During the course of the series premiere of Outlander, I did several things. I stood up and applauded, I loudly (startling the animals with whom I reside) yelled “ROMANCE!” I made quite a few unasked for geeky criticisms of the televised adaptation in comparison with the books, I maybe joy-cried once, and I despaired over Claire’s voiceovers which were numerous and terrible.
It was a very exciting time for all parties involved. By which I mean, it was a very exciting time for me, and, to a lesser degree, my roommate who continually threatened to Vine my reactions throughout if I did not calm down. In short, the first episode was a treat — but that doesn’t mean I’m letting my tendency towards fandom give it a free pass.
You can’t ever judge a show by its pilot. Remember, the pilot isn’t for you and isn’t for me. It isn’t even for your grandmother who tends to prefer marathons of NCIS and softly baked apple dishes. Pilots are written for T.V. executives. They are often broad and packed to the gills. They hold the viewer’s hand, because they are assuming the viewer doesn’t understand the basics of television storytelling. You owe it to the makers of a show to watch at least three episodes. If each episode after the pilot continues to feel off, then, as a good rule of thumb, it’s not you — it is, in fact, the show.
That’s why I’d ask you to patient with Outlander. I’ll warn you, as an ardent fan of television myself, it might not be easy for you to do. The first thing that comes to mind is the giant red flag (which I’ve already mentioned) of Claire’s voiceovers. They are plentiful and unnecessary. I think there was quite literally not one moment when they added anything to the story or to the character that the actions on screen were not already conveying quite effectively. With any luck, this is something that will dissipate as the show goes on. Of course there’s always the possibility of them going full-on Dexter with it, in which case I shall have to prepare my own kill-room and quietly invite the Outlander scripts inside to accept responsibility for their crimes.
The world of Diana Gabaldon’s series as realized by Ronald D. Moore is beautiful and seems promising. There was very much a Wizard of Oz feel to the production. While Inverness is beautiful regardless of the time period, the contrast between the low-saturated, dull look of Claire’s life in the 20th century and the vivid textures, colors, and light of her 18th century life was otherworldly and perfect. I also thought it was smart of their team to use a less-is-more approach to Claire’s actual journey in time. The simple white out was perfect and, in its way, just as disorienting as it needed to be — for both Claire and the viewers.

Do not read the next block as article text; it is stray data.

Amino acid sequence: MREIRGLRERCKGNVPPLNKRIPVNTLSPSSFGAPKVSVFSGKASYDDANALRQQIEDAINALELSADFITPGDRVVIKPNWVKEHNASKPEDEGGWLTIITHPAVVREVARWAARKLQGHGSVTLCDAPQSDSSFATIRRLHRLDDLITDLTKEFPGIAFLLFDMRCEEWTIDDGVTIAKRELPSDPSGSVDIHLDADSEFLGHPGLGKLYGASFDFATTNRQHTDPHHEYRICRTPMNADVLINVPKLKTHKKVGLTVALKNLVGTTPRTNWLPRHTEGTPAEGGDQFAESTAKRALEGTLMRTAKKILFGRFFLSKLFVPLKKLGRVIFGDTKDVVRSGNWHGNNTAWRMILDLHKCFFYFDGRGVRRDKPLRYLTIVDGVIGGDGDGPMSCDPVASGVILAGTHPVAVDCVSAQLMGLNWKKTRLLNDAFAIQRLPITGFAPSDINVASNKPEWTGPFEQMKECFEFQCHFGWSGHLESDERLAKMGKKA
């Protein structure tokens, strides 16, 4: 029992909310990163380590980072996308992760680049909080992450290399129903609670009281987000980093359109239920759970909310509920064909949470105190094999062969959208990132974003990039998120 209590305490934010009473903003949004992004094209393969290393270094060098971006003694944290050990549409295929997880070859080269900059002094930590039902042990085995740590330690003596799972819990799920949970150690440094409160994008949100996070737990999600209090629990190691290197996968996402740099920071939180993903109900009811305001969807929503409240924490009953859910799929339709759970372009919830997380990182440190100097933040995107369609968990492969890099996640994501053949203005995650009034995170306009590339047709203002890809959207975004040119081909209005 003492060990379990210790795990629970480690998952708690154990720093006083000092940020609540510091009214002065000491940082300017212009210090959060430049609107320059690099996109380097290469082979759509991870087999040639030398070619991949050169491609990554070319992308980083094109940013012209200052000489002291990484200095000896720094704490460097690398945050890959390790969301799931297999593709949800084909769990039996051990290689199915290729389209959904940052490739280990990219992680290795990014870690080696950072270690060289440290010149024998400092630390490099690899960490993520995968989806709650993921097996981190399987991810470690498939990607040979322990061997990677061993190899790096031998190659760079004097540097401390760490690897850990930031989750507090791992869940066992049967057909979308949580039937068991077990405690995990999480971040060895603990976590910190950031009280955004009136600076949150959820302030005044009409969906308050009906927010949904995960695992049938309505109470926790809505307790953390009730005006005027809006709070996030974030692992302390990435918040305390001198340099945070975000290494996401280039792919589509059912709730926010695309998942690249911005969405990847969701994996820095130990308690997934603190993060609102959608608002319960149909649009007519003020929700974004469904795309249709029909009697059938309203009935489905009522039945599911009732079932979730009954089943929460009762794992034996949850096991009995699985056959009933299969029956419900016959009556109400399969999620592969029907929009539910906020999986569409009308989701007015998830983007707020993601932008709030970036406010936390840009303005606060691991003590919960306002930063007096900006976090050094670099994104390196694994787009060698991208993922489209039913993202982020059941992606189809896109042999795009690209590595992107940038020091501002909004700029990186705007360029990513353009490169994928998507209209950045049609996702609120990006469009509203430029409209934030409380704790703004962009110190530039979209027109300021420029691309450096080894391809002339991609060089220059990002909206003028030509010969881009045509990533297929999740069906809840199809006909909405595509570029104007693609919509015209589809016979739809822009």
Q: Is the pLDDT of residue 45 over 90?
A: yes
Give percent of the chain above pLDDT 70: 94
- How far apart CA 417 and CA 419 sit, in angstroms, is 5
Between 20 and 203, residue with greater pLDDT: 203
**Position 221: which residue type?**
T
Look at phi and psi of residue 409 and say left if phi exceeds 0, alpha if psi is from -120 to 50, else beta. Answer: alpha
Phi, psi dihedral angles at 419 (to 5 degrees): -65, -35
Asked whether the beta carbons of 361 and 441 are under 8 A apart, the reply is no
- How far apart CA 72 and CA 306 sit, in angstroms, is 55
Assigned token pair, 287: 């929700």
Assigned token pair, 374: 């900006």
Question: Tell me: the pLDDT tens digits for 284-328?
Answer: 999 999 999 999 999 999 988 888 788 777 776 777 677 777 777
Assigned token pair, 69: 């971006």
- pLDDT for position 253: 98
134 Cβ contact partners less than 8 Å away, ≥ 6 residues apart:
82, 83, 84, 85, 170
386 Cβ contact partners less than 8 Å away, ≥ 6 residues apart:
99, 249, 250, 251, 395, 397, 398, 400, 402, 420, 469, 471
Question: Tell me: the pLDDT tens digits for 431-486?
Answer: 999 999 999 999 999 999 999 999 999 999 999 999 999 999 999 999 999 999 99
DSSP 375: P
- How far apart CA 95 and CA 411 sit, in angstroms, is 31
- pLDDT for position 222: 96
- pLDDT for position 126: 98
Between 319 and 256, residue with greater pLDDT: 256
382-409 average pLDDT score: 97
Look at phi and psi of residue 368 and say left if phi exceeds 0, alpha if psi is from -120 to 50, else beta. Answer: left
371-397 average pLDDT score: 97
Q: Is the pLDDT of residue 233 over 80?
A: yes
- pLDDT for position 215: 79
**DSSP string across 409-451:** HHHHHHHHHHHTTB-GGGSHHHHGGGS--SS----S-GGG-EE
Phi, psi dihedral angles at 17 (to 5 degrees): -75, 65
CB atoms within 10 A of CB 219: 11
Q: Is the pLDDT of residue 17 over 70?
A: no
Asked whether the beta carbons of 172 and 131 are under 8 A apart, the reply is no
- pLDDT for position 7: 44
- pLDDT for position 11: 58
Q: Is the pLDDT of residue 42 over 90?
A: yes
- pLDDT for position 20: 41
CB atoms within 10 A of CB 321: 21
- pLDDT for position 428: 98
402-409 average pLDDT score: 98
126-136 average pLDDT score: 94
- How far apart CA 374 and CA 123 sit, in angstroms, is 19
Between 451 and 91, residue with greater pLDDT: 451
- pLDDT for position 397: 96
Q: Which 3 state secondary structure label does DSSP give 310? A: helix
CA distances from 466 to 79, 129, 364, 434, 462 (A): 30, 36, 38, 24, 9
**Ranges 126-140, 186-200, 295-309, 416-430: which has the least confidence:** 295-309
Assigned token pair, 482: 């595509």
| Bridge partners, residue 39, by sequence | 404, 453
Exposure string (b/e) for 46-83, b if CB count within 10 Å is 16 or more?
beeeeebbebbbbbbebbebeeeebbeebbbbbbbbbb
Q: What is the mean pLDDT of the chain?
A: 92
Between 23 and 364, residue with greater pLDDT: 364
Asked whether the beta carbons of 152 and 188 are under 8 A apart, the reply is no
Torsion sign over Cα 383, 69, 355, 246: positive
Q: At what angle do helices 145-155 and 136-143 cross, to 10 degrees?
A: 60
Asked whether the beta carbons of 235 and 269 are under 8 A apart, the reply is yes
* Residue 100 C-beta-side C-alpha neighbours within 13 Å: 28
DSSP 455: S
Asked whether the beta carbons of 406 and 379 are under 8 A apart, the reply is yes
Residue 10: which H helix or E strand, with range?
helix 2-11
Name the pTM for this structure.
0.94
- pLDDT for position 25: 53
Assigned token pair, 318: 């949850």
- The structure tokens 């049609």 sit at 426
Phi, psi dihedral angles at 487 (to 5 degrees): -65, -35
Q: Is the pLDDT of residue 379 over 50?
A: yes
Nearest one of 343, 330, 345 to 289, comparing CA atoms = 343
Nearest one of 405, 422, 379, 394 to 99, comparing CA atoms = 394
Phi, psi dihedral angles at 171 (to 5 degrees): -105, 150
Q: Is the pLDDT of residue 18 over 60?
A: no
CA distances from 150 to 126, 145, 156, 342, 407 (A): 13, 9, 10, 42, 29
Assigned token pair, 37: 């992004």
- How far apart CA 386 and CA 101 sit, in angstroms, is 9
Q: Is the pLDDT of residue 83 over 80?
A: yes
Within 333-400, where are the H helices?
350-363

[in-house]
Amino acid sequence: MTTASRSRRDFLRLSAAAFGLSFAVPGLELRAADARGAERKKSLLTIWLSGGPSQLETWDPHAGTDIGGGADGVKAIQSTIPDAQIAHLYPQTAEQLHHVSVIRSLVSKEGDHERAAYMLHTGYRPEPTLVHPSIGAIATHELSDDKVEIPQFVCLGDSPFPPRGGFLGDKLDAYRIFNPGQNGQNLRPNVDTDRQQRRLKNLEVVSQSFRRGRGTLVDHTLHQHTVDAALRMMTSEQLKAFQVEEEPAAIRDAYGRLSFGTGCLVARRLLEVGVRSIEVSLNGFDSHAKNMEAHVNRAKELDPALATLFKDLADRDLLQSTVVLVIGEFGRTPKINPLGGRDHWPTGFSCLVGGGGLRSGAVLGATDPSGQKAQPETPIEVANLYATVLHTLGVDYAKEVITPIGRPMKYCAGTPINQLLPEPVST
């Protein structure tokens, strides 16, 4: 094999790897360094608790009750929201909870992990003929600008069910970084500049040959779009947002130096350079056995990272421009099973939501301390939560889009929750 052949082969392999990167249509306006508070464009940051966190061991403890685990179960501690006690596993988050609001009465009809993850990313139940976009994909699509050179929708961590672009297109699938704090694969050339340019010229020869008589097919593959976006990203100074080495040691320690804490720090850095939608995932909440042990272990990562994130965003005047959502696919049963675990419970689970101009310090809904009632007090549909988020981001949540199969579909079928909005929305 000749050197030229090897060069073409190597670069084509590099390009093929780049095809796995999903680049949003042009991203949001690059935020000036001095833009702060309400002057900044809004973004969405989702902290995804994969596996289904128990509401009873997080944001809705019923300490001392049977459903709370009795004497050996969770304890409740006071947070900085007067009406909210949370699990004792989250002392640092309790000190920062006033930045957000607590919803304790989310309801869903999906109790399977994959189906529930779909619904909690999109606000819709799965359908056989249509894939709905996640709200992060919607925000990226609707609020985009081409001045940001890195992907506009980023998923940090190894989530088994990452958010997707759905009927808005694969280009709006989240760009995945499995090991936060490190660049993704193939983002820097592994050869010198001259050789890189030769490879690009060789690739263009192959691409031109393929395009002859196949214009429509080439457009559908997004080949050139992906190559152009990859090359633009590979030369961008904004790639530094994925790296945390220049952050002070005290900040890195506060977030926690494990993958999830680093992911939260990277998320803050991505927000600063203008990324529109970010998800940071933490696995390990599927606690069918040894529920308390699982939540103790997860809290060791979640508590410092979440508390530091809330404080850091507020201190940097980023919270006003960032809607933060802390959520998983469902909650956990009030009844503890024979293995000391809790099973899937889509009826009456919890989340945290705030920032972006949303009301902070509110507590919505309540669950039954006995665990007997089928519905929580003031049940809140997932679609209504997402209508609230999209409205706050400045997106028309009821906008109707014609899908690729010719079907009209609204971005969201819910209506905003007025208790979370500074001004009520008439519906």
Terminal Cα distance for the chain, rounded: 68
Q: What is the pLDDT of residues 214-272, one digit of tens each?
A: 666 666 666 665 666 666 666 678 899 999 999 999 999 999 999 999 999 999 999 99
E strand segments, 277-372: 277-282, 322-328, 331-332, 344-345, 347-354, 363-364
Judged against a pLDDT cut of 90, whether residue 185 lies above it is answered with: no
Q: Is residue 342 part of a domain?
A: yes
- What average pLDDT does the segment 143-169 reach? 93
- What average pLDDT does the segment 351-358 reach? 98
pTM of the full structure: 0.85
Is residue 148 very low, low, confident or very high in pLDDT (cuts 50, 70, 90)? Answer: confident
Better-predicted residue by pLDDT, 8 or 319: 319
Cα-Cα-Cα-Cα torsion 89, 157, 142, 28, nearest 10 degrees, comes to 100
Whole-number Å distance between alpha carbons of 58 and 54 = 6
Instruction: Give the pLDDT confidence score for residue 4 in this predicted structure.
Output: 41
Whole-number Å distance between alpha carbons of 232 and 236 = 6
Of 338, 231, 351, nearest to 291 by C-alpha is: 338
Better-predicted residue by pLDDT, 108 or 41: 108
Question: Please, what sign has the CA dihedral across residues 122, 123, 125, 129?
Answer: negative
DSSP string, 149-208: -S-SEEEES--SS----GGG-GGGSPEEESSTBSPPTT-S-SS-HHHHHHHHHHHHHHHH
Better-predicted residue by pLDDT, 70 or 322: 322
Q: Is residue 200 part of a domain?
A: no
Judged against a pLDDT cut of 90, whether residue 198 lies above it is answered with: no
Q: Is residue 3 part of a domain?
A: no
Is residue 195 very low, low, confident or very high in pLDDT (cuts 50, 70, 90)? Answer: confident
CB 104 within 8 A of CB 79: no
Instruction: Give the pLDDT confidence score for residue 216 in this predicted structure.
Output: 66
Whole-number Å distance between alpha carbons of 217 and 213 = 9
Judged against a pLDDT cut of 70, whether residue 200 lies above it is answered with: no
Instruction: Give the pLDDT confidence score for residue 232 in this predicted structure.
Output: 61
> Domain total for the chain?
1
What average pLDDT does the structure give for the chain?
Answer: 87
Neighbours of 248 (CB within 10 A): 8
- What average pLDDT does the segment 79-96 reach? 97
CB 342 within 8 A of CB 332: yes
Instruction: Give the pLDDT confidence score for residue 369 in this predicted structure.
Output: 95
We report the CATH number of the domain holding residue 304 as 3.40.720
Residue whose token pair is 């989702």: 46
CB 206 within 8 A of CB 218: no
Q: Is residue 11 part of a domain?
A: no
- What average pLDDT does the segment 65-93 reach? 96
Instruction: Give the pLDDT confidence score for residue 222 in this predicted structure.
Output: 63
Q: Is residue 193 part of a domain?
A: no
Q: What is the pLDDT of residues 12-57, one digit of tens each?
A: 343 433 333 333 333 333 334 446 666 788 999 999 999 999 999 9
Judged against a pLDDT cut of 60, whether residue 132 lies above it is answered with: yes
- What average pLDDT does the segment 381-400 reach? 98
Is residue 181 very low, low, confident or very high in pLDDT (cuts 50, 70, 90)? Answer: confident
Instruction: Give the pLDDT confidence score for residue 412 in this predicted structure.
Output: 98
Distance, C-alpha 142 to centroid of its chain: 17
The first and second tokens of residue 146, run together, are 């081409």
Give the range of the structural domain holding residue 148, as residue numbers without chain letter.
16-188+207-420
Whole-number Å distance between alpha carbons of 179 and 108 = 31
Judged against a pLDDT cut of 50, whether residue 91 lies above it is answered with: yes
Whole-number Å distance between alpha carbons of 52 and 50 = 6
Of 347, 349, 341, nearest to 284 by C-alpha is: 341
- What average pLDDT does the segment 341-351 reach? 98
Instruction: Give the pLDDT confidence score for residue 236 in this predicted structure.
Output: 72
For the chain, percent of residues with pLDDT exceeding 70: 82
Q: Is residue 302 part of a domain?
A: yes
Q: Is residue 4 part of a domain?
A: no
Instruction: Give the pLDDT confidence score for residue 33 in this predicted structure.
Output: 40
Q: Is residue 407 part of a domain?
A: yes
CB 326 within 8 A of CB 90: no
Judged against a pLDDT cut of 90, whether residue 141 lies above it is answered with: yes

The cast is perfect. Caitriona Balfe is dead-on awesome as Claire and Sam Heughan is a great Jamie. I’ll be honest — I’d like Sam’s hair to be longer and for him to be roughly a whole foot taller, but I am also a crazy person. We didn’t get time for a real chemistry check between the two, but I can see that existing. I kind of suspected all of this based on repeat viewings of all the trailers, but it’s stellar to see that I wasn’t wrong. I hate being wrong.
It’s worth noting that Starz should be applauded for embracing Claire’s sexuality, and not backing away from it. Her sex drive is a huge part of her character, and while I think some of their exploration of that was a little on the nose (*cough cough* oral sex in the ruins *cough cough*), it’s refreshing to see a fully realized female protagonist who isn’t afraid of her body. The other surprise for me was Tobia Menzies’ portrayal of Frank and Jack Randall. I’ve always found Frank to be pretty tiresome, but for the pilot actually made me like the man, and feel vaguely sympathetic towards him. That said Menzies clearly enjoyed sinking his teeth into the juicy and malevolent role of “Black” Jack. I can’t wait to see more.